This article considers conversations in and about education. To focus the discussion, it uses the scenario of a conversation between a trainee teacher and her mentor reflecting together on a lesson that the trainee has just taught. I begin by outlining the notion of reflective practice as popularised by Donald Schön, and show how, in the scenario, the reflective practice conversation leads to talk characterised by recourse to particular dominant discourses within education, and how this in turn can lead to a certain voicelessness. I then consider what the possibilities for the reflective practice conversation might be, looking first at the Greek notion of parrhēsia and how this has been discussed in the work of Michel Foucault in contrast to other forms of talk such as rhetoric or chattering. I argue that, whilst the parrhēsiastic conversation may allow for the exploration of the relationships (between the mentor and the trainee, each participant and their words and a relationship of care for the self), such possibilities are fraught with difficulty. I then move to consider how such relationships might be developed through recognising the expressive aspects of language emphasised in Stanley Cavell's notion of passionate utterance. I first trace the development of Cavell's thought through John Austin's contrast in language between the constative and the performative. I then illustrate the idea of passionate utterance from the films Cavell describes as the ‘Hollywood comedies of remarriage’, and argue that the passionate utterance opens up opportunities for the kind of conversation in education that is itself educative.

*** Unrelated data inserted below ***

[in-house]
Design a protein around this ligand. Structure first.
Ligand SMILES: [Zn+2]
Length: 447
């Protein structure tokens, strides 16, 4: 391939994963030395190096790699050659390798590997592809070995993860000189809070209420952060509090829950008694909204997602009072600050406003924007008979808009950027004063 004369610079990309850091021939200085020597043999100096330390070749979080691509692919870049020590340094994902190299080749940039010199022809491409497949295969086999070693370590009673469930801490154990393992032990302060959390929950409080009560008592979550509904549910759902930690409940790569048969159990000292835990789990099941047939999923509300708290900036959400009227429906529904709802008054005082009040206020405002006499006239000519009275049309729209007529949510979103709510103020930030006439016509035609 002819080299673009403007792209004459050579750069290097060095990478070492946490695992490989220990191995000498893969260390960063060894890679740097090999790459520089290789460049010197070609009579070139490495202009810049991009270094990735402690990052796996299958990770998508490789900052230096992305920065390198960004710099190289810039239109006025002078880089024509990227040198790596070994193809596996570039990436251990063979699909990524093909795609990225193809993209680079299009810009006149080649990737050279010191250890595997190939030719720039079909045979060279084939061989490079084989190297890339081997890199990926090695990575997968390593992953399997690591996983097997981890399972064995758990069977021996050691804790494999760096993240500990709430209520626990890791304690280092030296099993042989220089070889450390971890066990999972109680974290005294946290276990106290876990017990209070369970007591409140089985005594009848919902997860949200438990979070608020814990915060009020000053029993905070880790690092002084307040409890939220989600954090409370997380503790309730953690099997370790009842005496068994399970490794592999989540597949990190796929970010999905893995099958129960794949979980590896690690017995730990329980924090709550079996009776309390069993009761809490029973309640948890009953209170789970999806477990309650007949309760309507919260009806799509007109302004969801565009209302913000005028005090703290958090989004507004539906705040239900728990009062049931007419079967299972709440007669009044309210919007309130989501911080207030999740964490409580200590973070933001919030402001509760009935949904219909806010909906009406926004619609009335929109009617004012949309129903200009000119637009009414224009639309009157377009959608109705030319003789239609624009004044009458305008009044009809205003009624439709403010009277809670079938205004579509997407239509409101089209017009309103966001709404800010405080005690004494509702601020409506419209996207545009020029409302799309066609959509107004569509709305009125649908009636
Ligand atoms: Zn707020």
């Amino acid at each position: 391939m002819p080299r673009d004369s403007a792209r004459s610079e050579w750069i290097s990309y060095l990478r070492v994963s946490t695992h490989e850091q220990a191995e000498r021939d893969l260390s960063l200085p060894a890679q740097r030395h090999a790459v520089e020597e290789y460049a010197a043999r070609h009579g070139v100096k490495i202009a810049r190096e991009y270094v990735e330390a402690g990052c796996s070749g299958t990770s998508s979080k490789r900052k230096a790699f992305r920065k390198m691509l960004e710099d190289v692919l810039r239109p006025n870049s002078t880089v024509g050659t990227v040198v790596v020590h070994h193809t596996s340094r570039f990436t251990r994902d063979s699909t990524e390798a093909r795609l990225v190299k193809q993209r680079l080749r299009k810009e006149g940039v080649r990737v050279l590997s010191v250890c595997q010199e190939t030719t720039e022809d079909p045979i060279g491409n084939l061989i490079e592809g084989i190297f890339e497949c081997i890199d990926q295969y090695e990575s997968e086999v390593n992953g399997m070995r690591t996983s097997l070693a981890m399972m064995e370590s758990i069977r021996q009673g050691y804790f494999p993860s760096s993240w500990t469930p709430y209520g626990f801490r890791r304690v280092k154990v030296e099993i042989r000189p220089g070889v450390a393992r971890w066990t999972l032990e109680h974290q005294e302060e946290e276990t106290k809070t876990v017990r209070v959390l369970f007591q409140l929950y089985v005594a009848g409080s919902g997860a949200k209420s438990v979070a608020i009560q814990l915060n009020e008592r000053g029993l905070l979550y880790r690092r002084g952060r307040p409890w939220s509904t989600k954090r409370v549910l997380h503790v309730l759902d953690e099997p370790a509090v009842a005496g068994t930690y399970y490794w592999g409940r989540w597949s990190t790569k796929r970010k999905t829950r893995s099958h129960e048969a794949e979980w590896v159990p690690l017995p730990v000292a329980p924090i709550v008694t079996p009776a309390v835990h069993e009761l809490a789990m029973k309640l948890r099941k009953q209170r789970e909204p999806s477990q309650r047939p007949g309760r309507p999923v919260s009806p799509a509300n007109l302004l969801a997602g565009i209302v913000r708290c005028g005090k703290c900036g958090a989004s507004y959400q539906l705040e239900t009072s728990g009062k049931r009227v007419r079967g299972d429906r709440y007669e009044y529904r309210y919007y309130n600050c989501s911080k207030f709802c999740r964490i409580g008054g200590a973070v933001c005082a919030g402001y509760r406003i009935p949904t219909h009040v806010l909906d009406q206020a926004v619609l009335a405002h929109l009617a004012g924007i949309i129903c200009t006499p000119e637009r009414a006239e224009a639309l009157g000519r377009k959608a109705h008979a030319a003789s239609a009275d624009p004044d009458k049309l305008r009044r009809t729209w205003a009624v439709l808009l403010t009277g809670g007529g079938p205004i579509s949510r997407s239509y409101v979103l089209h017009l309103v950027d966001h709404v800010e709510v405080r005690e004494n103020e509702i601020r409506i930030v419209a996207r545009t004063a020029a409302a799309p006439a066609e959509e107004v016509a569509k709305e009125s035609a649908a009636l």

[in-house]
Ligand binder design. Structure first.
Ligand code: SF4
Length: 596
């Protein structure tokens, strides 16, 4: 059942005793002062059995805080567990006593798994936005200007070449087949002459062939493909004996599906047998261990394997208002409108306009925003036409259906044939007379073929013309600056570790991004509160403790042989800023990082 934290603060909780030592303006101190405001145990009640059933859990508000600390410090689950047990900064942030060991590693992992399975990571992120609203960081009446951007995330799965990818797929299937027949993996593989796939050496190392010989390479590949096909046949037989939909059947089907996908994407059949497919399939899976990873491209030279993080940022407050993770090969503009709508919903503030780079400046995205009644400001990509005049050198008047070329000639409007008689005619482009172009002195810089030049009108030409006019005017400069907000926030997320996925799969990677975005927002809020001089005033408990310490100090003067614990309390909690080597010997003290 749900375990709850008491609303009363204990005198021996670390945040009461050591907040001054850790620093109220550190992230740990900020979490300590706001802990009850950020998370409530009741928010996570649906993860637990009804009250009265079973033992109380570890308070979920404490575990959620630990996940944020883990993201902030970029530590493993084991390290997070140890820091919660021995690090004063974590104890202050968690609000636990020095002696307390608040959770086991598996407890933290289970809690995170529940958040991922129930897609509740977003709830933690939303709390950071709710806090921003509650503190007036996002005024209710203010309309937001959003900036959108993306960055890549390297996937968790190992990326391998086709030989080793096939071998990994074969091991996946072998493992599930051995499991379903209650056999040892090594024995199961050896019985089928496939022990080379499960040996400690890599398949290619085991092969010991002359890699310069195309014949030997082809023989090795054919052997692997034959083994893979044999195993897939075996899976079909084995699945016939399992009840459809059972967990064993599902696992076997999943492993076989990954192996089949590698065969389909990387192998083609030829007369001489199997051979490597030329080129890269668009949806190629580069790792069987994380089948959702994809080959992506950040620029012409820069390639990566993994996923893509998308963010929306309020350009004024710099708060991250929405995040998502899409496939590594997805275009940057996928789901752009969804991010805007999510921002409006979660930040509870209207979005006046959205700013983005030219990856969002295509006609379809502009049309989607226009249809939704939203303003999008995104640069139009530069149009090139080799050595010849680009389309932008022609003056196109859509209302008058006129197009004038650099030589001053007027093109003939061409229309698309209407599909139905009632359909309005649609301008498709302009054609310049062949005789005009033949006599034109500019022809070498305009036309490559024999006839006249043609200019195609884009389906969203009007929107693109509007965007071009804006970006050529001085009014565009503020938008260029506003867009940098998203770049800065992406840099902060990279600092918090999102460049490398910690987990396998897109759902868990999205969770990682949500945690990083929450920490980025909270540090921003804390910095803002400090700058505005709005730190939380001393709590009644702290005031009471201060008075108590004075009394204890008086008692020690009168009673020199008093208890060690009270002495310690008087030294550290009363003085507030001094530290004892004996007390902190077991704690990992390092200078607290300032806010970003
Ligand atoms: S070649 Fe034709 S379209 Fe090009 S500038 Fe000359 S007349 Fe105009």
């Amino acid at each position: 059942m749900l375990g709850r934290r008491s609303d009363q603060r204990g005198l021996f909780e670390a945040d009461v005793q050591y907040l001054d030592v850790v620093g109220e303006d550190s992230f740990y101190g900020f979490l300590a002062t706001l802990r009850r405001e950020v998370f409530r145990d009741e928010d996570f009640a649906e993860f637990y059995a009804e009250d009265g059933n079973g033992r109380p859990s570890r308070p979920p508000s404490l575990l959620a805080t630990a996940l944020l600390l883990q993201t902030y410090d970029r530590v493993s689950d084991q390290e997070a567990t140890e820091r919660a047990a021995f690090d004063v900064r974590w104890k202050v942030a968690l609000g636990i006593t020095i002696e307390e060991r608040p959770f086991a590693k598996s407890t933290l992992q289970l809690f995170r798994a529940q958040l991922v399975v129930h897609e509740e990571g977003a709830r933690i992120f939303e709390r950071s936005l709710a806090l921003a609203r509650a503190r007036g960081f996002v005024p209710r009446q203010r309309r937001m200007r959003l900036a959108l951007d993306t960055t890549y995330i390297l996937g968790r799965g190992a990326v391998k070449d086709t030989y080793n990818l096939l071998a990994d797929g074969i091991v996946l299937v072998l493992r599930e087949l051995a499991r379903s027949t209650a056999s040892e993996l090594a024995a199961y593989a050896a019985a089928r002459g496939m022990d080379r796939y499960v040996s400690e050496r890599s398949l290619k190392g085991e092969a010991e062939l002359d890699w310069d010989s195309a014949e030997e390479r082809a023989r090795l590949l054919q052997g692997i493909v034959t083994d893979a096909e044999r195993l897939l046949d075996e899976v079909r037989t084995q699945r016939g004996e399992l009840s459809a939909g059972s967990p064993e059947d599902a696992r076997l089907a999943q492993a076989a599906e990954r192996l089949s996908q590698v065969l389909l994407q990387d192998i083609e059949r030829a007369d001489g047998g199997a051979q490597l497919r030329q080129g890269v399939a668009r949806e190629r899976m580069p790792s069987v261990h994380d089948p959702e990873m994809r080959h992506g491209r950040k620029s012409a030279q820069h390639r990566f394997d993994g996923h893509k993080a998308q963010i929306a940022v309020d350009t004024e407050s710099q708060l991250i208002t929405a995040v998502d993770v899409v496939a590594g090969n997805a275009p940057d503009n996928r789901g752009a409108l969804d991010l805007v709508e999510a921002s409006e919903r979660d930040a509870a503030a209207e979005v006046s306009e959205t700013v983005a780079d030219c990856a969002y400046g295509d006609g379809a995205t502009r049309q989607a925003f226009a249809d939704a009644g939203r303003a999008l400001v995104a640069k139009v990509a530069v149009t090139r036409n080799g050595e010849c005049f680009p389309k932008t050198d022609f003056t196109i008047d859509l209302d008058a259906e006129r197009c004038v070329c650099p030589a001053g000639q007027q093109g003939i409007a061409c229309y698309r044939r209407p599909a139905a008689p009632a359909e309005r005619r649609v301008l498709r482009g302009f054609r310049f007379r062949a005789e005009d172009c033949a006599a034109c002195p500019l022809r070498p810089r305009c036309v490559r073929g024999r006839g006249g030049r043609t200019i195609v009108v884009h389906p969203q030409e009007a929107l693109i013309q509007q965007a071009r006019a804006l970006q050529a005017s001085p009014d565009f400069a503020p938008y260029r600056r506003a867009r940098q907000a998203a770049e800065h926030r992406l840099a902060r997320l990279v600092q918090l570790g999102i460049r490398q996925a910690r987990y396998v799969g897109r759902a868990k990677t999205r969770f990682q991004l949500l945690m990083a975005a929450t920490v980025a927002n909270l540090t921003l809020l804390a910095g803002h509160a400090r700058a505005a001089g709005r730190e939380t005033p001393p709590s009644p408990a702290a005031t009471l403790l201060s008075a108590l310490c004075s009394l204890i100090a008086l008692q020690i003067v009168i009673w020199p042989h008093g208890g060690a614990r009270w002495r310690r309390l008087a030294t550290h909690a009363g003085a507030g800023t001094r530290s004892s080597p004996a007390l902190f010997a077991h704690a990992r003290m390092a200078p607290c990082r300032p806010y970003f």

|Number of pages||15|
|Journal||Ethics and Education|
|Publication status||Published - 2012|
- passionate utterance